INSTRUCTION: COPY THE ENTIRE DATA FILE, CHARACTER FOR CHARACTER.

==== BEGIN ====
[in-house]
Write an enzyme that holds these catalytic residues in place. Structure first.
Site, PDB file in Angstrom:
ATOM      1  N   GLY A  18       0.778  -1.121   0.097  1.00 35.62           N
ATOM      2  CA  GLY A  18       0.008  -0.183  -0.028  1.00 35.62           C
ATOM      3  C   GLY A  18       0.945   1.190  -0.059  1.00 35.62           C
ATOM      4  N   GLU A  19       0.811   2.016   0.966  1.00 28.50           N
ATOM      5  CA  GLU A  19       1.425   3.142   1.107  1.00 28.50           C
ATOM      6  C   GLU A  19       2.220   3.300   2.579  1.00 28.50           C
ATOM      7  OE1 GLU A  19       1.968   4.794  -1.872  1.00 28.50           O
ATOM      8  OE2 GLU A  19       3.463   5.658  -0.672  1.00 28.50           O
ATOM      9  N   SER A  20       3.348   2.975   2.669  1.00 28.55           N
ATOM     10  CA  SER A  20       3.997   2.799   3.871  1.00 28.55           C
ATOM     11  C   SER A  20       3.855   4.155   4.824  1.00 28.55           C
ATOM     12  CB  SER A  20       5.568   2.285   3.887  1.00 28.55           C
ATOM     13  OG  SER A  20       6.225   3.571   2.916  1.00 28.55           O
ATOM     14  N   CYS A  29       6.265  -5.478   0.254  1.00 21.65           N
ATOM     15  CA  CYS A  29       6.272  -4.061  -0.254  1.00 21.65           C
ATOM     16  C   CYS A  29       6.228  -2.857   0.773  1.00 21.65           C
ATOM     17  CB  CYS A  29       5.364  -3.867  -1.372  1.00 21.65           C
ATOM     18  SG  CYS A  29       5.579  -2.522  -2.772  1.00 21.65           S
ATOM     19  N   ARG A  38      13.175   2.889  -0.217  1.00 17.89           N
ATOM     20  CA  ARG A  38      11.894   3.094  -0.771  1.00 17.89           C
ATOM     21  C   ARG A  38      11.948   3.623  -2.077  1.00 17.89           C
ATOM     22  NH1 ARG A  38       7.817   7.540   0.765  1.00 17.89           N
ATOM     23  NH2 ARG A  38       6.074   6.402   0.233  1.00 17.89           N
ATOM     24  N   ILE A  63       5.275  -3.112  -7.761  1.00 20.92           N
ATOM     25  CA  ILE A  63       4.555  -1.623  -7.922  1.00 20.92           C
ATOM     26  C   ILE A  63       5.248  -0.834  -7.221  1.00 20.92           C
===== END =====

[in-house]
Write an enzyme that holds these catalytic residues in place. Structure first.
Site, PDB file in Angstrom:
ATOM      1  N   GLY A  18       0.778  -1.121   0.097  1.00 35.62           N
ATOM      2  CA  GLY A  18       0.008  -0.183  -0.028  1.00 35.62           C
ATOM      3  C   GLY A  18       0.945   1.190  -0.059  1.00 35.62           C
ATOM      4  N   GLU A  19       0.811   2.016   0.966  1.00 28.50           N
ATOM      5  CA  GLU A  19       1.425   3.142   1.107  1.00 28.50           C
ATOM      6  C   GLU A  19       2.220   3.300   2.579  1.00 28.50           C
ATOM      7  OE1 GLU A  19       1.968   4.794  -1.872  1.00 28.50           O
ATOM      8  OE2 GLU A  19       3.463   5.658  -0.672  1.00 28.50           O
ATOM      9  N   SER A  20       3.348   2.975   2.669  1.00 28.55           N
ATOM     10  CA  SER A  20       3.997   2.799   3.871  1.00 28.55           C
ATOM     11  C   SER A  20       3.855   4.155   4.824  1.00 28.55           C
ATOM     12  CB  SER A  20       5.568   2.285   3.887  1.00 28.55           C
ATOM     13  OG  SER A  20       6.225   3.571   2.916  1.00 28.55           O
ATOM     14  N   CYS A  29       6.265  -5.478   0.254  1.00 21.65           N
ATOM     15  CA  CYS A  29       6.272  -4.061  -0.254  1.00 21.65           C
ATOM     16  C   CYS A  29       6.228  -2.857   0.773  1.00 21.65           C
ATOM     17  CB  CYS A  29       5.364  -3.867  -1.372  1.00 21.65           C
ATOM     18  SG  CYS A  29       5.579  -2.522  -2.772  1.00 21.65           S
ATOM     19  N   ARG A  38      13.175   2.889  -0.217  1.00 17.89           N
ATOM     20  CA  ARG A  38      11.894   3.094  -0.771  1.00 17.89           C
ATOM     21  C   ARG A  38      11.948   3.623  -2.077  1.00 17.89           C
ATOM     22  NH1 ARG A  38       7.817   7.540   0.765  1.00 17.89           N
ATOM     23  NH2 ARG A  38       6.074   6.402   0.233  1.00 17.89           N
ATOM     24  N   ILE A  63       5.275  -3.112  -7.761  1.00 20.92           N
ATOM     25  CA  ILE A  63       4.555  -1.623  -7.922  1.00 20.92           C
ATOM     26  C   ILE A  63       5.248  -0.834  -7.221  1.00 20.92           C